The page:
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Is Exercise OK for Me?

Physical activity may help you manage your condition.

man and woman on golf course

If you have a chronic condition such as heart disease, diabetes or arthritis, exercise may be beneficial to you. In fact, with your doctor's permission, exercise may help benefit you in many ways. Don't let a health problem prevent you from being active.

Physical activity may help:

  • Make you stronger. Increasing your strength can help with daily activities such as carrying your groceries, picking up your grandchildren or climbing stairs.
  • Increase flexibility and endurance. Regular physical activity can help you get around easier and participate more fully in life.
  • Improve your mood. Living with a chronic disease can lead to depression. Physical activity may help fight depression.

Ask your doctor

Before you start or increase your physical activity, check with your doctor. Exercise is good for most people, but you should make sure it’s safe for you. Discuss which activities may be better for you, considering your condition.

Check with your doctor to learn what signs and symptoms may mean your condition is not well managed. And find out what to do if you have any of these while you are exercising. Also, ask your doctor how active you should be and if there are any specific activities you should avoid.

A certified fitness professional can also help you set goals and design an appropriate exercise program.

Getting started

Make physical activity a part of your daily life. Walking, gardening, golfing, dancing or even cleaning all count as physical activity.

Start slowly so you don't injure yourself or get discouraged. Choose an activity you enjoy. You might need to start with exercise every other day at first and build up from there. If you can only be active for 10 or 15 minutes, start there. Being active for 10 minutes three times a day is just as good as being active for 30 minutes at a time. Some kind of activity is better than doing nothing at all.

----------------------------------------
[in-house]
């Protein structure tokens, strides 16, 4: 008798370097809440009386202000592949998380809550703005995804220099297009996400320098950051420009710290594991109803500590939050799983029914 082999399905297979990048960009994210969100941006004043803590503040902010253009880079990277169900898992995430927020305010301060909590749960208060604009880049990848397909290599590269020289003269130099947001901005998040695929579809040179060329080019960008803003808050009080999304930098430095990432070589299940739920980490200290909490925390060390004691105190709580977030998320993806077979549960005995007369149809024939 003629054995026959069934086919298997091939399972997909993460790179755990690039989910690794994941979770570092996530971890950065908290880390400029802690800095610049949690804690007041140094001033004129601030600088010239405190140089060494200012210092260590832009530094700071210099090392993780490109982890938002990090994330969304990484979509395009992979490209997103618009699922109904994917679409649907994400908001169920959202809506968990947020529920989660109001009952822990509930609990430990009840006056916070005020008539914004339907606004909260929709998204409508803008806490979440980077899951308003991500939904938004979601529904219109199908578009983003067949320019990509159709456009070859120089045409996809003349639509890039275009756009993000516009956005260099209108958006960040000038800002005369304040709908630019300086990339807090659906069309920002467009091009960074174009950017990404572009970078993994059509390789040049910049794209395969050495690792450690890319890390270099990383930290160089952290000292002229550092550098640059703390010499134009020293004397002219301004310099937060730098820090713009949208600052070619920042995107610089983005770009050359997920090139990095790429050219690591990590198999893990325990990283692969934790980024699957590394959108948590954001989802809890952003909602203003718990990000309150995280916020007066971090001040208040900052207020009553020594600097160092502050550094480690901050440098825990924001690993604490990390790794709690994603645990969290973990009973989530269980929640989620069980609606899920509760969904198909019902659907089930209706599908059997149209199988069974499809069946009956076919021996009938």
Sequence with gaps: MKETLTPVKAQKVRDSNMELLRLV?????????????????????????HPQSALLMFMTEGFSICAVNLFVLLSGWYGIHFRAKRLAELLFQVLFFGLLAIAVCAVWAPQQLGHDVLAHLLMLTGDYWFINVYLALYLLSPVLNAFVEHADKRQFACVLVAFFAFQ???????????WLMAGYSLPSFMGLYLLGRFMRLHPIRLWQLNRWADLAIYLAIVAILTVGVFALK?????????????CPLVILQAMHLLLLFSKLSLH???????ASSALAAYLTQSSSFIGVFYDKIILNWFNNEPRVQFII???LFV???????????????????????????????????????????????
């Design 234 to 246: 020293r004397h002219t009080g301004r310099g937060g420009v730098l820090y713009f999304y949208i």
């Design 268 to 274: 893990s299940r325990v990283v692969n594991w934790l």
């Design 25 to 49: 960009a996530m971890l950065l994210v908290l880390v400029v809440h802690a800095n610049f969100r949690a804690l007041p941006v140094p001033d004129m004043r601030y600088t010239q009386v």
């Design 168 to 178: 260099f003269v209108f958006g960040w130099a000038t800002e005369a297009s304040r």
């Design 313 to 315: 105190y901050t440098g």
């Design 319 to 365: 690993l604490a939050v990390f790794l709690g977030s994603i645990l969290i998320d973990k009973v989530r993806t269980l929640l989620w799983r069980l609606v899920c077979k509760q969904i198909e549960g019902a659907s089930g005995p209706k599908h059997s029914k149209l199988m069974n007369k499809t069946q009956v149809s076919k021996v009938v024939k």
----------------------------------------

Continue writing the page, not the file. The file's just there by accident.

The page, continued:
The goal for most adults is at least 150 minutes of moderate-intensity aerobic activity and two days or more of strength training each week. However, if you have health conditions that prevent you from reaching that goal, with your doctor’s help, set goals that meet your abilities. Try to avoid being inactive, especially for long periods of time. All individuals are encouraged to reduce periods of inactivity to no more than 90 minutes at a time.

However you choose to build activity into your day, it can be beneficial. As you get more physically fit, you gradually build endurance over time.

Small steps can add up

Try to do a combination of different exercises: aerobic, strength, flexibility and balance. If you can’t meet the 150-minute weekly goal for aerobic activity, do what you can. Note that your doctor may suggest you work out for a shorter amount of time.

Aerobic activity increases your oxygen use and helps your heart and lungs work better. Walking, swimming and biking are examples of aerobic activity.

With your doctor’s ok, add strength training, also known as resistance or weight training, a couple of days a week. This may be as simple as lifting light weights or canned foods, or using a resistance band. Strengthening exercises help improve muscle and bone strength.

Improving flexibility and balance are also important as this type of activity may help prevent falls and improve your range of motion. Try gentle stretches after warming up your muscles or try tai chi or yoga.

How to include activity in your daily life?

Here are some good ways to get active:

  • Walking. All you need are shoes and a place to walk.
  • Exercise classes. A fitness class can motivate you, and you can also meet old friends or make new ones.
  • Aquatic exercises. Exercising in the water adds buoyance and reduces stress on the joints.
  • Yoga. Doing yoga covers three types of exercise: strength, balance and flexibility.
  • Working around the house. You can rake, carry groceries or mow the lawn — anything that gets you moving.
  • Lifting weights. Using hand-held and ankle weights builds strength.

By Mary Armstrong, Contributing Writer

Sources
U.S. Department of Health and Human Services. 2008 physical activity guidelines for Americans. Accessed: October 23, 2015.
National Institute on Aging. Exercise & physical activity: Your everyday guide from the National Institute on Aging. Accessed: October 23, 2015.
Centers for Disease Control and Prevention. Physical activity and health. Accessed: October 23, 2015.

Last Updated: October 26, 2015